We didn't use any of the agencies - I can only speak for athletic applications but it's navigable yourself if your son is willing to put the time in. You don't need to shell out lots of money to consultants. Having said that, lots of other athletes in his sport do pay agencies to help them through the process and feel that it's worth it so it depends on your son's individual preferences and circumstances.

He didn't need to declare his major for ages - which seems weird to people used to the UK system. The breadth of gen ed courses on offer is great, though. Again, it depends on what you want out of the course. The academic requirements at his university are rigorous, and they are tested constantly, with mid-terms and finals every semester, plus other frequent tests. How hard you have to work depends in part on which courses you choose, though, as far as I can see.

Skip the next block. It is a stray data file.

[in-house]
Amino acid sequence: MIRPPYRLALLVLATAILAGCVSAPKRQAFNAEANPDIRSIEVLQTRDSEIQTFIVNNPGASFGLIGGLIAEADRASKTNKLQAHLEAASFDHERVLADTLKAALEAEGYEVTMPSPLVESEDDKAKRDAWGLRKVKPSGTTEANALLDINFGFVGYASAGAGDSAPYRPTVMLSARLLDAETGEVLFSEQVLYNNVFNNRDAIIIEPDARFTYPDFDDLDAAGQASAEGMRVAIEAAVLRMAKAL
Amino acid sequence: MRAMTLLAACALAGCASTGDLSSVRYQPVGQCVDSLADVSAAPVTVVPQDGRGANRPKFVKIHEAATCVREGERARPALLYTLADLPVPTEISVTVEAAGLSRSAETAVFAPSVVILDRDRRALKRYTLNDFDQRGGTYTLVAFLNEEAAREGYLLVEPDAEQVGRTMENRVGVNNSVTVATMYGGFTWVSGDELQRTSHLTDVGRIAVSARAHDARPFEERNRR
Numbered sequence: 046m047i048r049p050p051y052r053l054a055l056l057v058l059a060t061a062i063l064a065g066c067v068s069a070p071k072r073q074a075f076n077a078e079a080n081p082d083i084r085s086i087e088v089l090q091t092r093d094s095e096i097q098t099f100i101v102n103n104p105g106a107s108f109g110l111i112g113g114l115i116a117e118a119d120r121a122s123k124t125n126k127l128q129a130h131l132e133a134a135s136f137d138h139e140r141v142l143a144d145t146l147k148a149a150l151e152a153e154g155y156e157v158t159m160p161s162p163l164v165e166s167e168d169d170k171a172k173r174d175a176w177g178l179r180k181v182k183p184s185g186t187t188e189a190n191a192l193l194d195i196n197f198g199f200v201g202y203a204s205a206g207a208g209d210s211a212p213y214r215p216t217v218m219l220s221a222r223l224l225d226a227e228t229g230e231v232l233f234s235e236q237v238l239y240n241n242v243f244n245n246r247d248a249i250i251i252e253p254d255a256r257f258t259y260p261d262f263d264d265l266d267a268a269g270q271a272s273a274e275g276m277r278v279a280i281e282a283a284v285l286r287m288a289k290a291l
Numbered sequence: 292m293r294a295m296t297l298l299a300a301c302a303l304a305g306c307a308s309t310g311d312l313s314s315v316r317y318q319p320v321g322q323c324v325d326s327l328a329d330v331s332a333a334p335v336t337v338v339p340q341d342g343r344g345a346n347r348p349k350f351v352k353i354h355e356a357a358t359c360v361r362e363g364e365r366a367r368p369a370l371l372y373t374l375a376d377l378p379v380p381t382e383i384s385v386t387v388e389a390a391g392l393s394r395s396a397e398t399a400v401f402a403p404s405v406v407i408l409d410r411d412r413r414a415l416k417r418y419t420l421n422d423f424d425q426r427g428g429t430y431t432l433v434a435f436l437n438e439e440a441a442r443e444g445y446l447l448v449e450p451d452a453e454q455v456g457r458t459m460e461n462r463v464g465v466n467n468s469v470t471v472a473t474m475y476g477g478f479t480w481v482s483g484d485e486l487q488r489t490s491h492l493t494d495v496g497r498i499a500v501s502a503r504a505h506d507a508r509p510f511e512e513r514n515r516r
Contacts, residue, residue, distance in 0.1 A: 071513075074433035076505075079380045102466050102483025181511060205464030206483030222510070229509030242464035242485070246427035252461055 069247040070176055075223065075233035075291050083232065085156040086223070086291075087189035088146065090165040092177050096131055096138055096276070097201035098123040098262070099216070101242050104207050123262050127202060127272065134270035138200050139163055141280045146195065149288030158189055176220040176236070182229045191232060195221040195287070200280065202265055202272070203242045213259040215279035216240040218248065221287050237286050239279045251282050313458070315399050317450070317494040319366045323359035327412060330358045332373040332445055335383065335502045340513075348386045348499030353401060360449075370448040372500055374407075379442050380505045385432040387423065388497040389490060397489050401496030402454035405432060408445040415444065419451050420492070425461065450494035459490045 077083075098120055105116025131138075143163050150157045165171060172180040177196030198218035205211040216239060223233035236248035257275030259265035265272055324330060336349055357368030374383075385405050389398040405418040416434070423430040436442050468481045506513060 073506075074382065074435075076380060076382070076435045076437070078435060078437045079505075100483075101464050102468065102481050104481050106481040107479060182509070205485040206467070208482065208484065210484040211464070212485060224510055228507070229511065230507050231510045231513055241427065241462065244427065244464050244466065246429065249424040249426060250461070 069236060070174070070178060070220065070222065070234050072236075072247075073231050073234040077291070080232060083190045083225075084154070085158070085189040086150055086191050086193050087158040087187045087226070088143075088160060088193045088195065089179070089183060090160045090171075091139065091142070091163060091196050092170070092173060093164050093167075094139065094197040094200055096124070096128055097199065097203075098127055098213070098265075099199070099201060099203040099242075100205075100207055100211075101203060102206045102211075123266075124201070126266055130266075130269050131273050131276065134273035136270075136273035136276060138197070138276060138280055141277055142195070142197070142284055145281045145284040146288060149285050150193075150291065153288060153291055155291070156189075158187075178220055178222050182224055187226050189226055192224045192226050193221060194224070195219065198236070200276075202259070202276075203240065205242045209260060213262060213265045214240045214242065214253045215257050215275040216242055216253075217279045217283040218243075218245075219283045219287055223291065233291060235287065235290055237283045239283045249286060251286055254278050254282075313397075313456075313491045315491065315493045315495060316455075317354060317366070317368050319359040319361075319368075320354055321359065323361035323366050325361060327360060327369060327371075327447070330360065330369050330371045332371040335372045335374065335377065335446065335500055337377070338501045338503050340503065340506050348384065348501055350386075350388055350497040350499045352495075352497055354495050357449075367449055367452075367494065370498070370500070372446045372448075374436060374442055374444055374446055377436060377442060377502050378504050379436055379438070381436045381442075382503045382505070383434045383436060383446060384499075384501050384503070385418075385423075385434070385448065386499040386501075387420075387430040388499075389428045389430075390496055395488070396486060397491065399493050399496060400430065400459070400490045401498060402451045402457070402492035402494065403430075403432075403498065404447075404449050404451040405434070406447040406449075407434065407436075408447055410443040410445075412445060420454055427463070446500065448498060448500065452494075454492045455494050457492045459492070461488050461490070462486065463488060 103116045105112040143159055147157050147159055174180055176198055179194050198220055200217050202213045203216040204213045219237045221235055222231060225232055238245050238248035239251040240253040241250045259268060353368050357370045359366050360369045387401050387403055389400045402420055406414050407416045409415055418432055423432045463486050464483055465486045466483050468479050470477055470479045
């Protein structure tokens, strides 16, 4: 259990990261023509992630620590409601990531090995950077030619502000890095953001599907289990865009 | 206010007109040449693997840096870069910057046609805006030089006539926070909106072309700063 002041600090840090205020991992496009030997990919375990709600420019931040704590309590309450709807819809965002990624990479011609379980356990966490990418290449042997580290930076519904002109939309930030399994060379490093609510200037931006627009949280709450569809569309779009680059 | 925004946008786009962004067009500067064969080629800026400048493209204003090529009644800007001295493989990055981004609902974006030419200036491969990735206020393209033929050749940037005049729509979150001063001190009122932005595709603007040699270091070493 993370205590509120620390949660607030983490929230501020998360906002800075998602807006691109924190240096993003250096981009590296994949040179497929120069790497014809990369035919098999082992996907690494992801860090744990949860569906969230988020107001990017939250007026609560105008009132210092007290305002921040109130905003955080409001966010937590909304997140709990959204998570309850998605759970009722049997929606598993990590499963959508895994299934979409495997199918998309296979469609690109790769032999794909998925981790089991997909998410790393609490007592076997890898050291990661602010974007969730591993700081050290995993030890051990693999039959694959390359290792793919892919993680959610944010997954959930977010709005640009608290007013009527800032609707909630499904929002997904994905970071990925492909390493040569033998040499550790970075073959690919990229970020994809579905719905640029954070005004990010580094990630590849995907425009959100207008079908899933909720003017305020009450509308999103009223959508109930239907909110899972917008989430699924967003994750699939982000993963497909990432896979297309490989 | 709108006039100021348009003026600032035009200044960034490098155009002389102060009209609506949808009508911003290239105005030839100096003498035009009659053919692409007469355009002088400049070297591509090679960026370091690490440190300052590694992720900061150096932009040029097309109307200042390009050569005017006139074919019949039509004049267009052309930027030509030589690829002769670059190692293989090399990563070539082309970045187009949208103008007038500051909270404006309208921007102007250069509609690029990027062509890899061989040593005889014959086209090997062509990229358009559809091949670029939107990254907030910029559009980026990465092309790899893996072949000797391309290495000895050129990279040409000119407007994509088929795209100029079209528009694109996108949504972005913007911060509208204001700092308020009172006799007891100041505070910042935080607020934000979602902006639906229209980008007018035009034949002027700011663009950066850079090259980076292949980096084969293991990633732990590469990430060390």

He's now looking into whether to apply to stay in the US for postgrad studies. Good luck to your son in whatever he decides to do.

weebarra Tue 12-Aug-14 11:18:21

I did my degree at Edinburgh (Philosophy) and won a scholarship to spend a term at an Ivy League college in the US. Might also be worth thinking about.

CatherineofMumbles Tue 12-Aug-14 12:07:03

Thanks so much for the replies - very helpful.
DS just called to say he has his first GCSE results today (igcse) French and Italian, both A*. Surprised us enormously as he is science thru and thru and we hoped he would manage to get an A-C (he was miffed at our falling off our chairs grin).
Sorry, I know this is not relevant to the thread, but am so proud of him and obv can't brag to anyone in RL grin)

Theas18 Tue 12-Aug-14 12:08:22

Anyone know about PHDs in the states? It's been suggested as good route for DD1 to look at .

Chennai Tue 12-Aug-14 12:14:40

Congratulations to your DS, Catherine! Great achievement.

helzapoppin2 Tue 12-Aug-14 21:30:41

Catherine, it was a small Catholic university. That's another difference, more private universities. His was about the size of a UK high school.
It's the long holidays and inability to get real life work experience that would be the killer for me.
I have to say, I think your DS would be better off getting his first degree in the UK, but I'm prejudiced!

Eastpoint Tue 12-Aug-14 22:41:10